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SANAA: The Saudi-led coalition bombing Yemen for one year has caused the vast majority of civilian deaths in the conflict, the UN rights chief said on Friday, warning international crimes may have been committed.

During its campaign against rebels in Yemen there have been repeated criticisms that coalition air strikes have not done enough to avoid non-military targets.

Rights groups have also raised concerns about civilian casualties caused by the Houthi rebels, but United Nations human rights chief Zeid Ra'ad Al Hussein said the coalition bore the greatest responsibility.

“Looking at the figures, it would seem that the coalition is responsible for twice as many civilian casualties as all other forces put together, virtually all as a result of air strikes,” Zeid said in a statement.

“We are possibly looking at the commission of international crimes by members of the coalition.”

His office said it had tallied just under 9,000 civilian casualties, including 3,218 killed, since the coalition on March 26 last year intervened to support President Abedrabbo Mansour Hadi after rebels seized large parts of Yemen including the capital Sanaa.

The Houthi are allied with elite troops loyal to former president Ali Abdullah Saleh.

Zeid voiced particular alarm at two air strikes on a market this week in northern Yemen's rebel-held Hajja province.

The UN children's agency on Thursday put the death toll from those strikes at 119, and Zeid's office said Friday that 106 of those killed in the crowded market were civilians, including 24 children.

'Repeated failure'

UN Secretary General Ban Ki-moon demanded an investigation into the incident, one of the deadliest yet in the war.

During an exclusive interview on Wednesday the coalition spokesman, Brigadier General Ahmed al-Assiri, told AFP the strikes targeted “a militia gathering”, the term he uses to describe Houthi.

Assiri claimed an independent panel was being formed nationally to examine charges of possible abuses against civilians in the war.

The alliance says it does not aim at civilians, and that targeting is verified many times to ensure non-combatants will not be killed.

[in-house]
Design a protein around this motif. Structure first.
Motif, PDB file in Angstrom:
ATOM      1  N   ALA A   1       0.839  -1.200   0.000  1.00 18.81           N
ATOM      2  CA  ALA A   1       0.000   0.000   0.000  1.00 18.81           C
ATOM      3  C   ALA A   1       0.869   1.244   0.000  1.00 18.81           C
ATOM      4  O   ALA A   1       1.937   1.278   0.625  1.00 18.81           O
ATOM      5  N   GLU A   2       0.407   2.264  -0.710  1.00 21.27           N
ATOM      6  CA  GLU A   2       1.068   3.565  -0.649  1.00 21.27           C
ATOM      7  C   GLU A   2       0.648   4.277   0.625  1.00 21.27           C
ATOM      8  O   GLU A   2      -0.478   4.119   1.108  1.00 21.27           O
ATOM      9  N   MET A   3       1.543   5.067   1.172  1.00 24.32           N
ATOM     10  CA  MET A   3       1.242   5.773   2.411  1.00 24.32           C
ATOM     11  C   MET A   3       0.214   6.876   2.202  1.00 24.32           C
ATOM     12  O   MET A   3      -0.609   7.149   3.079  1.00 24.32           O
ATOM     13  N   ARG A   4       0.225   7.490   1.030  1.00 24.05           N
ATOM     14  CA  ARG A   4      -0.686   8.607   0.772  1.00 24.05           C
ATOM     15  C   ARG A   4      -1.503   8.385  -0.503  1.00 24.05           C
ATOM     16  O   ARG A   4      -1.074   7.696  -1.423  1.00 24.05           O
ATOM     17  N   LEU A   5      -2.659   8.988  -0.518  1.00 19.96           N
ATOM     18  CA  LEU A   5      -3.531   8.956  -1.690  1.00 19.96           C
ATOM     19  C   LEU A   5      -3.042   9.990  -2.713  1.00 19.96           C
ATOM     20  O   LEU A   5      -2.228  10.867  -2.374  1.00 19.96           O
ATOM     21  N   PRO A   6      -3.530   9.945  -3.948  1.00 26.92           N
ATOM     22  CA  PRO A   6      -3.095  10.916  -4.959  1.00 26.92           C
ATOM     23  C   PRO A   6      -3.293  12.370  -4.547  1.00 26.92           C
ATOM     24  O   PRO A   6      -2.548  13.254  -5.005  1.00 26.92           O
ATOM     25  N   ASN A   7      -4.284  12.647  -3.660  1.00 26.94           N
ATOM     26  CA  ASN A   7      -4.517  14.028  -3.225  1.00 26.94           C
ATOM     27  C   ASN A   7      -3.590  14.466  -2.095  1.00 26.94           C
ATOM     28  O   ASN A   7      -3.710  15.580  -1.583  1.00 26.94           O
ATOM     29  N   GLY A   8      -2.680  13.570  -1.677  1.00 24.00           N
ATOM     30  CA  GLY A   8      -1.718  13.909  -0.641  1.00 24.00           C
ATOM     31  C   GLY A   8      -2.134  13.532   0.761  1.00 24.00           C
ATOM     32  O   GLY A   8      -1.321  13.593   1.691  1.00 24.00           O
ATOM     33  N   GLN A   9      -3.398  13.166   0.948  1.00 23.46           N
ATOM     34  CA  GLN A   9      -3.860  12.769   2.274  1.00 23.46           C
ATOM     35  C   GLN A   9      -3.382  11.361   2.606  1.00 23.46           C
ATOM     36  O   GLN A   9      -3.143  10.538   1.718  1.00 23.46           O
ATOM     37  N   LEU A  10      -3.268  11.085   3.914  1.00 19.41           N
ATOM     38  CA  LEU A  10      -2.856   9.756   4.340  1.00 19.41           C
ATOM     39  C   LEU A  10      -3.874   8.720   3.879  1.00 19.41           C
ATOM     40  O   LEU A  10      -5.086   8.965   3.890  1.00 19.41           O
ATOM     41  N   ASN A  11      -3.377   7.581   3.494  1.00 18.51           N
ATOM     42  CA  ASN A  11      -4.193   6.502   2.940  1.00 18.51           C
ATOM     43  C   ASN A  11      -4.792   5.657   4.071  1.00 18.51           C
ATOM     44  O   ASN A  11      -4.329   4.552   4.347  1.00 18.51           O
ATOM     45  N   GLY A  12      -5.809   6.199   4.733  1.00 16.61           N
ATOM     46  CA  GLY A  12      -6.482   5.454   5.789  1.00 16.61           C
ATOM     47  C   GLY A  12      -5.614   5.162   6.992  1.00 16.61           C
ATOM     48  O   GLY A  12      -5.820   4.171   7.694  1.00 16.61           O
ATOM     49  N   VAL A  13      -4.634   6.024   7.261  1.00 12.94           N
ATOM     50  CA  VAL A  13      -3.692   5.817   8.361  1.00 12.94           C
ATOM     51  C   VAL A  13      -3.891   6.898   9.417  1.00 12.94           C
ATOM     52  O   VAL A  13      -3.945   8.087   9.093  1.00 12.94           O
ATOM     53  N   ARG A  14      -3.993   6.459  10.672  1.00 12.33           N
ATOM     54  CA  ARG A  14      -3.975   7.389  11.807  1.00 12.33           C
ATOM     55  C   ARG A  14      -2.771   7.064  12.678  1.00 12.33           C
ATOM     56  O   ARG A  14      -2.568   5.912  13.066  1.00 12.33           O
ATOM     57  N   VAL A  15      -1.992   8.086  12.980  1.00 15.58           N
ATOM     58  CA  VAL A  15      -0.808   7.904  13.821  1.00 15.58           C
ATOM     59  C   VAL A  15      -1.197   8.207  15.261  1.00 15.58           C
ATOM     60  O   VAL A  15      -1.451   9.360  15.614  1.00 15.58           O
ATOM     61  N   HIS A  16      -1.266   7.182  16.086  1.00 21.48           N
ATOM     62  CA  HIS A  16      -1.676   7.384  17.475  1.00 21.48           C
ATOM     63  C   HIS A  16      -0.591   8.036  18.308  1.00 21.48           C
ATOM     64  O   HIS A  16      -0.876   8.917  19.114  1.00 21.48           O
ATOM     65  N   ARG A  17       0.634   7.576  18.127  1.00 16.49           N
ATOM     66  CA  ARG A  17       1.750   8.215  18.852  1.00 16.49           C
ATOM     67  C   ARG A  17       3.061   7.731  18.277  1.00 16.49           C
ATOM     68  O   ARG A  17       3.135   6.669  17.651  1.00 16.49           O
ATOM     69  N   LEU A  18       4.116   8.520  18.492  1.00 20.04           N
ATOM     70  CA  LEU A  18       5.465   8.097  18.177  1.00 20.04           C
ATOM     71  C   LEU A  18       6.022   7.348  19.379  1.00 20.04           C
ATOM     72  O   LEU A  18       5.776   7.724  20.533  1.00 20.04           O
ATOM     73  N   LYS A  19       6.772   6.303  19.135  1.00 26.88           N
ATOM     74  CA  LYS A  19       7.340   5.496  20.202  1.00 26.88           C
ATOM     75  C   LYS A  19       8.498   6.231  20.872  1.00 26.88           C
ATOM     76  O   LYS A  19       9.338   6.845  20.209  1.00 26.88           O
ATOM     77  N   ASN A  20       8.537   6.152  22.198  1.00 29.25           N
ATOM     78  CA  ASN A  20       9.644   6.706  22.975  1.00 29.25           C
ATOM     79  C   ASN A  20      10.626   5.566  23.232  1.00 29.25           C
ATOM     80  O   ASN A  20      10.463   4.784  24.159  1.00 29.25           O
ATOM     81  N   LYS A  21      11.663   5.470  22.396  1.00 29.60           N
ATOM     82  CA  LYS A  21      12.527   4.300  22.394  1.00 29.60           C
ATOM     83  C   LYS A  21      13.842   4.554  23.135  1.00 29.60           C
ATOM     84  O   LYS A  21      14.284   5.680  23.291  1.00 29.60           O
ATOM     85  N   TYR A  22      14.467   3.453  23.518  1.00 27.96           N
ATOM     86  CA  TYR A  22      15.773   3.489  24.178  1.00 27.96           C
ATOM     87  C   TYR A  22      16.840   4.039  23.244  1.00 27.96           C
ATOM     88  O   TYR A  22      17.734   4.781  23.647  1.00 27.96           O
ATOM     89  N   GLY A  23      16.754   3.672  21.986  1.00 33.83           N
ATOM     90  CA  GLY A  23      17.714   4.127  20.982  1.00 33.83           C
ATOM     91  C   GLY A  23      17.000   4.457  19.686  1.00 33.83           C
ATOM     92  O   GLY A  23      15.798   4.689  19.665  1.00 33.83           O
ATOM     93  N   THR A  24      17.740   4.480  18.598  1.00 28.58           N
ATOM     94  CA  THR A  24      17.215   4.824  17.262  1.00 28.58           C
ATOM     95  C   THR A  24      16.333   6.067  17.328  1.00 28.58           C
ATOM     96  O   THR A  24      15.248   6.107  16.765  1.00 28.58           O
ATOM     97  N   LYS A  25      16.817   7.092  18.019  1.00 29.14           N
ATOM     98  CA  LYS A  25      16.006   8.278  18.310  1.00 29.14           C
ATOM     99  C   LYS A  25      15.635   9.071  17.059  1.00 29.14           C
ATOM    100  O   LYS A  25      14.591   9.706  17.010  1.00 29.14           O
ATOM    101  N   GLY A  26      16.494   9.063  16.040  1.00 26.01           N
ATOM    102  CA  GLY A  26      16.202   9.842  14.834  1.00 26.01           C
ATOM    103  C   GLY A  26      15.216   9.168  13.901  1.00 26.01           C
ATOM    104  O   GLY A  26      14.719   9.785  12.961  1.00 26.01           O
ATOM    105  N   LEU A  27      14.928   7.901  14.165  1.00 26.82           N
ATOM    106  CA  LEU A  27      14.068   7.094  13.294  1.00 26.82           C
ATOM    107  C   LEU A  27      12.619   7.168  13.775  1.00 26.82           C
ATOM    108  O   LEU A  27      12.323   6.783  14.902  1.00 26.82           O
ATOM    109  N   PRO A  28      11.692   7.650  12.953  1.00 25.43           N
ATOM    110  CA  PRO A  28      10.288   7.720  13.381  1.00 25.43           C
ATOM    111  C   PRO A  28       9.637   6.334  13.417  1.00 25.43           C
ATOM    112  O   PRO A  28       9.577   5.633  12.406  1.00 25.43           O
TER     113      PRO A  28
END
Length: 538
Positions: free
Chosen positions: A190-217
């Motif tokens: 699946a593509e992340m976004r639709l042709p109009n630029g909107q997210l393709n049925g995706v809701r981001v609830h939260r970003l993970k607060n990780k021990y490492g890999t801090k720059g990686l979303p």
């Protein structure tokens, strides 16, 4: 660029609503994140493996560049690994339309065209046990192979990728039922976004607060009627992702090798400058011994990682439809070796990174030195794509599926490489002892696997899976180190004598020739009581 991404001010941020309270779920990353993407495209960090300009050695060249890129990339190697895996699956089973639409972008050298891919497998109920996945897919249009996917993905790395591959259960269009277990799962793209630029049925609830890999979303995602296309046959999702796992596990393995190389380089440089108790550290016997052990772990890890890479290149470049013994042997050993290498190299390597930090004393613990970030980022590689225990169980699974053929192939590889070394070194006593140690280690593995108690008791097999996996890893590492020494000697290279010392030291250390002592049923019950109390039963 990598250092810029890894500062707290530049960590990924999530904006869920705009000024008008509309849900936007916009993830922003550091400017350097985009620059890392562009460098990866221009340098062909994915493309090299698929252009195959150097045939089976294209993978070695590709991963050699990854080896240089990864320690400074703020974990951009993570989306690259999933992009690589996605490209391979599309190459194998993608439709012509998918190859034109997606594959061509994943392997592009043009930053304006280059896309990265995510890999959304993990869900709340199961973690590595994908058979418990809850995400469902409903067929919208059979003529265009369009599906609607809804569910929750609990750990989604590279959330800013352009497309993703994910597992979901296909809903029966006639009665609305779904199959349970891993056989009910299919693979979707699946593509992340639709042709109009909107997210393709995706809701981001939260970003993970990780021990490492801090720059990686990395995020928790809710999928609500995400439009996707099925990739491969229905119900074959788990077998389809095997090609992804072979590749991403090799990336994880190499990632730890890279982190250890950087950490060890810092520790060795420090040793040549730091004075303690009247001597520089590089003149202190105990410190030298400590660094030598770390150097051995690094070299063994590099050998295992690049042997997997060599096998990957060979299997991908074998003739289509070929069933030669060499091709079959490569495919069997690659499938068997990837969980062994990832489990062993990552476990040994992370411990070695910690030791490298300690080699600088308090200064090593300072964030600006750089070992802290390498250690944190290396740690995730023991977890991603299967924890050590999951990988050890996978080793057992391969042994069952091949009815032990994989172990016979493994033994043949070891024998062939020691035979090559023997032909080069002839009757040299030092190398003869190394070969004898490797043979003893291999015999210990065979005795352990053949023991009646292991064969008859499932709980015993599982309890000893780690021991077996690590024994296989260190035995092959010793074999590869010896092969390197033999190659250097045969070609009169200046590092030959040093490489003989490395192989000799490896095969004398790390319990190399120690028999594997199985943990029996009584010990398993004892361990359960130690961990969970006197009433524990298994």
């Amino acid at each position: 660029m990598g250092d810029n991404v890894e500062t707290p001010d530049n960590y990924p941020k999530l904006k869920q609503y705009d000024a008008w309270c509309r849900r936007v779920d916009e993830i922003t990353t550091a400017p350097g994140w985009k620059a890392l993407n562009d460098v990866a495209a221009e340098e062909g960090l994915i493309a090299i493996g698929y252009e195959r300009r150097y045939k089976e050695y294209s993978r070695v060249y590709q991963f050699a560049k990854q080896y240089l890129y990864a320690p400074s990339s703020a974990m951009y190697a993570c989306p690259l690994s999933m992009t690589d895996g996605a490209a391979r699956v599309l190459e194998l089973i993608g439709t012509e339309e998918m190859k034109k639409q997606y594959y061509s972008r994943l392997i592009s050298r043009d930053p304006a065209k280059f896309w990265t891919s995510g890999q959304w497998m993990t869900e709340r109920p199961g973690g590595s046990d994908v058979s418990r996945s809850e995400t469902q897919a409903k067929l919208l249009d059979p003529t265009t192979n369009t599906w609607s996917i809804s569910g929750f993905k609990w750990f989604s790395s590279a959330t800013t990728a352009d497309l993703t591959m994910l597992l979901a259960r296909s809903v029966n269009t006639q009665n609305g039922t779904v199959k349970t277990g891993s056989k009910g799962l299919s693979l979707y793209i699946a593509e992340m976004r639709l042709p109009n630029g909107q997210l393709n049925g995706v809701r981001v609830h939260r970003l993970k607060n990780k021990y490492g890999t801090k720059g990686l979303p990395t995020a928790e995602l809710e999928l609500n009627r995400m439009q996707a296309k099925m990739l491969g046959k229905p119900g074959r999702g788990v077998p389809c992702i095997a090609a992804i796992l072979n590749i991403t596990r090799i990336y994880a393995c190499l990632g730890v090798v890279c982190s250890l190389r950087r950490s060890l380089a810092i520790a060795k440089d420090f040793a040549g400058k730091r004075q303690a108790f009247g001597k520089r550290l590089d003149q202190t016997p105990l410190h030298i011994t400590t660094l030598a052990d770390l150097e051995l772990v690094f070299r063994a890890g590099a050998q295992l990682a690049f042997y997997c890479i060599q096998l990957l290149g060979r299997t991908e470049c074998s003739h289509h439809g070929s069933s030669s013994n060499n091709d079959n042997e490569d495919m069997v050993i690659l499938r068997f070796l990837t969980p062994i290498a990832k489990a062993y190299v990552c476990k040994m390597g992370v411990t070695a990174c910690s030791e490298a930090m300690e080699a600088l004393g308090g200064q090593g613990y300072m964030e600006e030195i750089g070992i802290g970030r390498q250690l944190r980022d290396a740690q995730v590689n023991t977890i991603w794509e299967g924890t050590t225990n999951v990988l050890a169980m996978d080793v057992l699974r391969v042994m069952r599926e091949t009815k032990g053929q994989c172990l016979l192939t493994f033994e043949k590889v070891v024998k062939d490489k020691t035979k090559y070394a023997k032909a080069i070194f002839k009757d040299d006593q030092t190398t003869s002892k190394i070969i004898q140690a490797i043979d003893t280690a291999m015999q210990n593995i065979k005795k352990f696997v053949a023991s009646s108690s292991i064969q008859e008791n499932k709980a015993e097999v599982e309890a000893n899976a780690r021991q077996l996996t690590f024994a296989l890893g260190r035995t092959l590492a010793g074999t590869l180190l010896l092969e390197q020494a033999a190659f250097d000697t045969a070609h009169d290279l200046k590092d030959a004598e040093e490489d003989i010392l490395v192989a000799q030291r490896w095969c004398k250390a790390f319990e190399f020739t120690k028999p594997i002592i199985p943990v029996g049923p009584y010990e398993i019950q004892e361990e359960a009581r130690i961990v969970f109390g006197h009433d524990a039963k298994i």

Zeid's office condemned “the repeated failure of the coalition forces to take effective actions to prevent the recurrence of such incidents and to publish transparent, independent investigations into those that have already occurred”.

Assiri said the coalition itself has investigated various incidents and some of the findings have been released.

The latest controversy comes with the coalition “in the end of the major combat phase”, according to Assiri, who said security stabilisation and then reconstruction would follow.

White House spokesman Josh Earnest said on Thursday that “we would welcome and do welcome” Assiri's comment about an end to major operations.

“We have expressed our concerns about the loss of innocent life in Yemen. The violence there that is plaguing that country has caught too many innocent civilians in the crossfire,” Earnest said.

'Horrific costs'

While the United States has provided logistical and intelligence support to the coalition, the White House has privately expressed anger about the loss of civilian lives.

US support includes targeting assistance, which officials say makes strikes less indiscriminate.

“The Yemen operation I think by all accounts has produced horrific costs and tangled the United States in this conflict,” said Frederic Wehrey of the Middle East Programme at the Carnegie Endowment for International Peace in Washington.

There may now be “the start of a recalibration” but the proof will lie in what happens on the ground, he said.

“They've done these announcements before,” Wehrey told AFP.

Last April, Saudi Arabia announced an end to its initial air strikes in Yemen, dubbed “Decisive Storm”, and a Saudi newspaper proclaimed “Mission Accomplished”.

But the war has continued, with coalition forces providing training, equipment and guidance to Yemen's army, backed by the coalition air support, Assiri said.

Anti-rebel forces have retaken territory, including much of the south, but have failed to dislodge the Houthi rebels from Sanaa or to completely remove them from the country's third city Taez where intense battles continue.

Mustafa Alani, of the independent Gulf Research Centre, said that although fighting is not necessarily going to finish by March 26 “the operation is basically reaching its end”.

He said the coalition was keen “not to go beyond that psychological date”.